WandaVision incorporates stories such as Scarlet Witch’s origin story showing her powers and her capabilities in a new light than that which was previously shown, and the creation and introduction of White Vision, the hollow figure of a once compassionate and loving creation. The show explores these characters while blending the narrative with interesting comic storylines for the new additions as well, as both the villain Agatha Harkness and the children of the protagonist, Billy and Tommy, better known in the comics as young avengers Wiccan and Speed, get introduced in a way that doesn’t feel like an origin story within a show, but rather a natural progression of the show’s storying. The blending of these elements turns WandaVision into a compelling first season of television.

The penultimate episode of the show could easily be seen as the most captivating of the whole series, containing what could be viewed as the most emotive and meaningful content featured in the Marvel Cinematic Universe since it debuted in 2008. Here we see a sense of depth that is often overlooked in comic book movies, which have a tendency to prioritise action over genuine character development. Episode 8 instead delivers a heartbreaking take on Wanda’s struggles with mental health. As the viewers, we take a deep dive into her repressed memories of those who she has loved and lost, allowing for a greater understanding of the character than had been given in her previous on-screen appearances.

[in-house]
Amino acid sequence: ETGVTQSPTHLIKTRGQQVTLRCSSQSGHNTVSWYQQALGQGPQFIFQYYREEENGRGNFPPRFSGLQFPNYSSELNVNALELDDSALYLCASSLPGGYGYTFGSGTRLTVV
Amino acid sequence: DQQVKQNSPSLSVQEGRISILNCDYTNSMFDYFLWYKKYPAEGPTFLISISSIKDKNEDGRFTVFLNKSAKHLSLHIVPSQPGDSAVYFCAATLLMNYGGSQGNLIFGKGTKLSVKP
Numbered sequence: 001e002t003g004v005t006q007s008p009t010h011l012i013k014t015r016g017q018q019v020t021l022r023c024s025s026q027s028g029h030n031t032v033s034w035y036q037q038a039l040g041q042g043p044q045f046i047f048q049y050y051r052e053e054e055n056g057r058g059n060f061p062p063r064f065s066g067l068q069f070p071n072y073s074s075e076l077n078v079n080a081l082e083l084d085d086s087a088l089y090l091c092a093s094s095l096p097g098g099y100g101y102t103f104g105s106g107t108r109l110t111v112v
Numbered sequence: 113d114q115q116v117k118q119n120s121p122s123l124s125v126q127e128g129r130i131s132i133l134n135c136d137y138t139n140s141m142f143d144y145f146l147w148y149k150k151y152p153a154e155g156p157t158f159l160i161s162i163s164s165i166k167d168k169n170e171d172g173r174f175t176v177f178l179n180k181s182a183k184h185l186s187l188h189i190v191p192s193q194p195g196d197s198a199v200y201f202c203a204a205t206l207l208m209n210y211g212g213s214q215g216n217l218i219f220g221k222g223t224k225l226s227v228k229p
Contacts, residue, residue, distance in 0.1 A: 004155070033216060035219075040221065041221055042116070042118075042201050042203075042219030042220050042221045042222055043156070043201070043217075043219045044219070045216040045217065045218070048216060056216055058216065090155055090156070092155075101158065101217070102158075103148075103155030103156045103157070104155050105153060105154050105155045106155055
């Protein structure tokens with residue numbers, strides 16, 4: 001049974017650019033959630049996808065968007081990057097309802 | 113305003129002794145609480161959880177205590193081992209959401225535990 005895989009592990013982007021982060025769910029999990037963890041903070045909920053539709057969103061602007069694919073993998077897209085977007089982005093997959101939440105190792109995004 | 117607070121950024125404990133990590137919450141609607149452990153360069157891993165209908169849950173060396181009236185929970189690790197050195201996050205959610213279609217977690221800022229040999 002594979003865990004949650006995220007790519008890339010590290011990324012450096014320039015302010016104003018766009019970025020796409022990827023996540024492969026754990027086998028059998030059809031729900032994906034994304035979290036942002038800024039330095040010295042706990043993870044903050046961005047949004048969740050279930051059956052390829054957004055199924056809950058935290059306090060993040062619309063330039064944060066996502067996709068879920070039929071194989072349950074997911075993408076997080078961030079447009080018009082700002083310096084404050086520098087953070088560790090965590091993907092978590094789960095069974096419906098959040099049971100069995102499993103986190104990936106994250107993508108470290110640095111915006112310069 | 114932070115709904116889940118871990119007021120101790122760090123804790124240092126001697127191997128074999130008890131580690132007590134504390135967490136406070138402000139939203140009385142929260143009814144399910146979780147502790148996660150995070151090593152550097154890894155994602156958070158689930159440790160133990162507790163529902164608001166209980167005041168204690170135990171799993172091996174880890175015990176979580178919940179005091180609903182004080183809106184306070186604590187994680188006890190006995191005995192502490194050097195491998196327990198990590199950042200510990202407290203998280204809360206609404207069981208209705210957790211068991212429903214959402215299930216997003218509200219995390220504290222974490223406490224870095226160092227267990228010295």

The show ends in a typical cliché, where the hero saves the day but has to sacrifice everything that they care about in order to do so. This is a staple ending in comic books, so the lack of a subversive conclusion is not a surprise and is likely welcomed by many. It would have been nice to see the studio attempt something different to this formulaic finale, but despite this the show maintains its status as the most creative and differential work created by Marvel Studios.